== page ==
An irreverent look at some of the week's other news...
Another New Feature in XP SP1 ...
I forgot to mention one feature in my Windows XP Service Pack 1 (SP1) review (see the URL below in the next news item): The Auto Update feature now supports fully automatic updates. You can configure Auto Update to automatically download and install critical updates (XP Gold just downloads them and then asks whether you want to install them). This feature will also be available in Windows .NET Server (Win.NET Server).
Win2K SP3 Gets Consent-Decree Feature
The upcoming Windows 2000 Service Pack 3 (SP3) release--currently expected in July--will include the consent-decree compliance feature that Windows XP SP1 also contains. For more information about this feature, see my XP SP1 preview on the SuperSite for Windows.
Ballmer on Mission to Remake Microsoft's Image
Microsoft CEO Steve Ballmer wants his company to be known for its honesty, integrity, and accountability or, as some see it, those traits that virtually no one outside the company attributes to Microsoft. Ballmer revealed the plan to Microsoft's 50,000 employees this week in a lengthy email message in which he beseeched employees to innovate with new products rather than pile features onto existing products, as Microsoft has done for decades.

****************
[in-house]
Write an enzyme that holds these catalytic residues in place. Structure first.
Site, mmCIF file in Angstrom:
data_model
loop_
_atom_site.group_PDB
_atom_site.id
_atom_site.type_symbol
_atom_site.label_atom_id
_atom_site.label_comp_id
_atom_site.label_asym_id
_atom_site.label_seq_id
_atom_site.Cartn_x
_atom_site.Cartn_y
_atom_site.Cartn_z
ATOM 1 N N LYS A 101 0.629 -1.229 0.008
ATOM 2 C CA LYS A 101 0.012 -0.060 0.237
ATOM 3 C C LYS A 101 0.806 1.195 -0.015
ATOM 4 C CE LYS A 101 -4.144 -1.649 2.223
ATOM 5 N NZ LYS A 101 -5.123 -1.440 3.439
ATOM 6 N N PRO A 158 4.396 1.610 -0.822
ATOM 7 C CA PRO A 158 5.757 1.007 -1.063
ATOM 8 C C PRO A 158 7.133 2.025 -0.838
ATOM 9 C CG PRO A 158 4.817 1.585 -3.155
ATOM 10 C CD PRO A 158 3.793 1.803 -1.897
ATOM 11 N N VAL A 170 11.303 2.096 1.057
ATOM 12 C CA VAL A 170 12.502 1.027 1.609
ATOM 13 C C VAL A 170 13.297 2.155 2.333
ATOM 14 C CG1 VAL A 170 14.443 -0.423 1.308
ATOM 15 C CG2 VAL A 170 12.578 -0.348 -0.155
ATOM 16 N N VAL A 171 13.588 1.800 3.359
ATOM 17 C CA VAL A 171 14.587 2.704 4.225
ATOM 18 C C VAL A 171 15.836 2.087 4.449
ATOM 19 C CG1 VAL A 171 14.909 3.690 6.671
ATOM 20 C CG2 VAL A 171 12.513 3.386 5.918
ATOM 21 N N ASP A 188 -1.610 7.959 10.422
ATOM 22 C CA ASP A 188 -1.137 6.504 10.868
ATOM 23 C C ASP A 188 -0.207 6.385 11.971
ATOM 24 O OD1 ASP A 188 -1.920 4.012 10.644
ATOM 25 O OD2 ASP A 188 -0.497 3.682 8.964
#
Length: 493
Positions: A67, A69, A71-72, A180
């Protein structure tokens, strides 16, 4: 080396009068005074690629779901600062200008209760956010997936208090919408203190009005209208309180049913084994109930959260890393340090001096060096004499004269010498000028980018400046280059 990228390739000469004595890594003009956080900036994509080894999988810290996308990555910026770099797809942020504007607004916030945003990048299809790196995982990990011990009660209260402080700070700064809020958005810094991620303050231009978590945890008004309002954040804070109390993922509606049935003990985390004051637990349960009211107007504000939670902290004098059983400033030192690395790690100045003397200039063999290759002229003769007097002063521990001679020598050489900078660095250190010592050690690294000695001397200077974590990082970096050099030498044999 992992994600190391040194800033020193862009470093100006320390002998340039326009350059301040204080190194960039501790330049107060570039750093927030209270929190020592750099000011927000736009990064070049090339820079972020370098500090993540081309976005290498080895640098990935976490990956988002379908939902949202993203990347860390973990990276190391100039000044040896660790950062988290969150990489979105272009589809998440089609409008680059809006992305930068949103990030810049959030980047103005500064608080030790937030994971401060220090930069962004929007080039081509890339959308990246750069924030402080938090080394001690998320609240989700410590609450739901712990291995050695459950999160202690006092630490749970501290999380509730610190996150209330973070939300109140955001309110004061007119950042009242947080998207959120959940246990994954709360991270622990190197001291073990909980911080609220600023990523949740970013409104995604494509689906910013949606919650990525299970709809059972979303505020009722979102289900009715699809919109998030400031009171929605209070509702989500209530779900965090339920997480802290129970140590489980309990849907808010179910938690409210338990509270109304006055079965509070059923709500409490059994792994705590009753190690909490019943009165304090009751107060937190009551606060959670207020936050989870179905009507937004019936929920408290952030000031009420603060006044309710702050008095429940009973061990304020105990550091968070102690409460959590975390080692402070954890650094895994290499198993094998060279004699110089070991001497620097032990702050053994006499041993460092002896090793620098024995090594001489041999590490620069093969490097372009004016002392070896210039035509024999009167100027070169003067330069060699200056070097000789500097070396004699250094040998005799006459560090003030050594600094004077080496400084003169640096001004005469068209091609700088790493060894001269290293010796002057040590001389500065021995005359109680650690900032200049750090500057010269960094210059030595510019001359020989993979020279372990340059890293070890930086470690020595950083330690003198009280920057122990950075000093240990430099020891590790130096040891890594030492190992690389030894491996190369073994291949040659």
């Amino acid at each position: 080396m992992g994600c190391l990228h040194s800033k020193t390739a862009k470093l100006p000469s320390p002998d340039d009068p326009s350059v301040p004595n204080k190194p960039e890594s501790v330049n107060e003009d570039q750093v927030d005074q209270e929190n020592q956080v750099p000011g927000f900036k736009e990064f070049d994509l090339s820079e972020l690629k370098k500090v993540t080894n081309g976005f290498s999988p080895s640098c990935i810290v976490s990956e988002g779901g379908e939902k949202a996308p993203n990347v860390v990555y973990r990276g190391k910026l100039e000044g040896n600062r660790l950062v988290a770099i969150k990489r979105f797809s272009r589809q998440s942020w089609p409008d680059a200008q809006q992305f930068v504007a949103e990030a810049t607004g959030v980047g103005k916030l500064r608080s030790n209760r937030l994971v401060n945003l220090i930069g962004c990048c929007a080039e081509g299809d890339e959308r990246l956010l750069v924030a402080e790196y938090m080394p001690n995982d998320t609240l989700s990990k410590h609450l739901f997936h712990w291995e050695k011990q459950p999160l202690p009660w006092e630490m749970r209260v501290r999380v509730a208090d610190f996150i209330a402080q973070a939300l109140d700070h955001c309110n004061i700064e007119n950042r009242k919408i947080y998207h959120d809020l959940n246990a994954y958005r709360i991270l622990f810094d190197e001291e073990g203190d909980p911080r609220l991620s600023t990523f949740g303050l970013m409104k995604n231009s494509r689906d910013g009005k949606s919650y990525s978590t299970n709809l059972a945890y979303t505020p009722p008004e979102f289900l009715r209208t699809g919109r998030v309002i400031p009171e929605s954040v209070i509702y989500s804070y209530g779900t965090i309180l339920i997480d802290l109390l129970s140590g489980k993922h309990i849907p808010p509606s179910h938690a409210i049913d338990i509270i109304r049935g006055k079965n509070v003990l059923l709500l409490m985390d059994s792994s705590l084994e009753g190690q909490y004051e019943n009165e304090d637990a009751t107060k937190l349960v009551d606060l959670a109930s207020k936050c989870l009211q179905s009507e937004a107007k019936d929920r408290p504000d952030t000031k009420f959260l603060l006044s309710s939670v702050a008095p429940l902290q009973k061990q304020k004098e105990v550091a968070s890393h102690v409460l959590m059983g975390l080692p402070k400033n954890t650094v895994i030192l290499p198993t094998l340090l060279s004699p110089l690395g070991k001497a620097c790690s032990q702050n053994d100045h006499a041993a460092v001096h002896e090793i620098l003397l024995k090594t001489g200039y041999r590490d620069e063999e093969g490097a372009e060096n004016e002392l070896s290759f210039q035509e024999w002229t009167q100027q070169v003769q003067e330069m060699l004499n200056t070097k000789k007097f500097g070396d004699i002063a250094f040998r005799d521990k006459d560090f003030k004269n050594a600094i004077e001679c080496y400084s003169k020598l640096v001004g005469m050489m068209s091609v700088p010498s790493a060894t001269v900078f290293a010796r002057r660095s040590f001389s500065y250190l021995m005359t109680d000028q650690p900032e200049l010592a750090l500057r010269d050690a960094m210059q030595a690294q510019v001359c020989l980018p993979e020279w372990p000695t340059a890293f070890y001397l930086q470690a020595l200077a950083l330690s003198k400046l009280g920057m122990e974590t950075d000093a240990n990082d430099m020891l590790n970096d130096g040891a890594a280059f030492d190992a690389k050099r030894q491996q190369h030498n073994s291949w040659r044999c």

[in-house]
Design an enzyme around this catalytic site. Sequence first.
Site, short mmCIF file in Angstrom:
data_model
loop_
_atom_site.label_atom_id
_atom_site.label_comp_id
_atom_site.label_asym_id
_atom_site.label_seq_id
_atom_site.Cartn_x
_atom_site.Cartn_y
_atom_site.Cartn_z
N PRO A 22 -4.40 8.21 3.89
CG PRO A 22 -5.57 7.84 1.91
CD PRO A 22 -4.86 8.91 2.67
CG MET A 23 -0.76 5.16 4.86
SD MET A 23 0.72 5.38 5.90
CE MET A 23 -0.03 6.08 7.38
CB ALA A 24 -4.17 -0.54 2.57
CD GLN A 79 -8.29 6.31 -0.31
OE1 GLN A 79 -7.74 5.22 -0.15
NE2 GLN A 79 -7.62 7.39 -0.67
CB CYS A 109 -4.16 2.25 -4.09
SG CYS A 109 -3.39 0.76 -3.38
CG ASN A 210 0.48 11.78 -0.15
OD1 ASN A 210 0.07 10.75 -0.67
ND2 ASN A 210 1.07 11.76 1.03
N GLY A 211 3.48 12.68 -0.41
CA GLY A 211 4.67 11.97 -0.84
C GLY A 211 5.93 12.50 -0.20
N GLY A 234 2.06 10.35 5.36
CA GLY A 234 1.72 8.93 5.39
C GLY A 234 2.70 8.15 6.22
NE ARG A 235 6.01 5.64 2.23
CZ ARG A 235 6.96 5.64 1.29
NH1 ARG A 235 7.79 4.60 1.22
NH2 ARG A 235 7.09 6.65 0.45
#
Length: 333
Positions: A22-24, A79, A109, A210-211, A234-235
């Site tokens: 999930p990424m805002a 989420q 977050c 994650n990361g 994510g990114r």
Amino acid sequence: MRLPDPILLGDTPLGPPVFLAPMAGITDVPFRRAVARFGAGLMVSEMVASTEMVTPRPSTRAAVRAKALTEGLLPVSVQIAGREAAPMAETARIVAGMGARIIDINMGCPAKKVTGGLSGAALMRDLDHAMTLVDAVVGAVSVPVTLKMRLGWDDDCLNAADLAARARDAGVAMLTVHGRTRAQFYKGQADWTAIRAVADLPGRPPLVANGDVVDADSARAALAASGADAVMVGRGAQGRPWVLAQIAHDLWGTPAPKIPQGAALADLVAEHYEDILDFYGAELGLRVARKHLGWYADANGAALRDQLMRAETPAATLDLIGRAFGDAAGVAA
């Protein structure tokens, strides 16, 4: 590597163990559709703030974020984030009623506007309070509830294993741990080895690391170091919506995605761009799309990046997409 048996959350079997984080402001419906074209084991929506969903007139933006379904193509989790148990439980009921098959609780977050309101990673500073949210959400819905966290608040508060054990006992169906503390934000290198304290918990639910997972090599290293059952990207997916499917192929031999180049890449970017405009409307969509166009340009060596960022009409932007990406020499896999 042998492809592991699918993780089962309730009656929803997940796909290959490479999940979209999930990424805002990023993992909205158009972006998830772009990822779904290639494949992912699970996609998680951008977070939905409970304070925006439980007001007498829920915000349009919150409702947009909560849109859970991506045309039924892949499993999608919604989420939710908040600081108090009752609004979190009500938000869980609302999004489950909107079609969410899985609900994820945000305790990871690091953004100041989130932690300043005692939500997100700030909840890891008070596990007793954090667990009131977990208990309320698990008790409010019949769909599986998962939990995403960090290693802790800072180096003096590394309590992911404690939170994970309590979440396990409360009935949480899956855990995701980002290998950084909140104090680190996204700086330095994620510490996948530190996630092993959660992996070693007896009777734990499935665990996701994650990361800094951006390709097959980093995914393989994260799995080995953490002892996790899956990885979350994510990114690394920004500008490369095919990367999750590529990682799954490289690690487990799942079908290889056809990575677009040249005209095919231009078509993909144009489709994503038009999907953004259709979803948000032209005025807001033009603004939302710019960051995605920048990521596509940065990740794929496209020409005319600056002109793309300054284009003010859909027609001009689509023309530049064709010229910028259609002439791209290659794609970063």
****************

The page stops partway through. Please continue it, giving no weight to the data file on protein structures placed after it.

Hotmail Gets More Restrictive: Notmail?
Microsoft tightened the vise a bit more on its free Hotmail email service this week when it shut down a service that lets users automatically forward their email to other non-Hotmail email accounts. If Hotmail customers still want to access that service, they must pay $20 a year for MSN Extra Storage, which also offers users 10MB of online email-storage space. In recent months, Microsoft has steadily restricted Hotmail use by lowering the amount of free storage users receive and setting hard limits on how often users must access their accounts to keep the accounts active.
Microsoft Bridges the Trust Divide
In a bid to assuage large companies' security fears, Microsoft is developing a new technology called TrustBridge that will help businesses authenticate users from other companies. TrustBridge will compete with technology from Sun Microsystems' Liberty Alliance, which has more than 40 corporate members. Microsoft expects the TrustBridge technology to overcome the limitations of Microsoft .NET Passport, which the company designed to handle centralized, single sign-ons (SSOs). Corporations balked at the .NET Passport plan, which would have given Microsoft control of the sign-ons.
Intel Drops Sales Bomb
If you're a fan of the chip maker, the news isn't good. Intel announced this week that it won't meet its sales or gross-profit-margin expectations for the current quarter; the news sent investors and analysts scurrying for cover. Intel blamed the results on weak demand from Europe, no doubt because the entire continent is currently absorbed in the World Cup. Sales in the United States are fine, probably because no one here knows what the World Cup is.
KaZaA File-Sharing Service Has Security Hole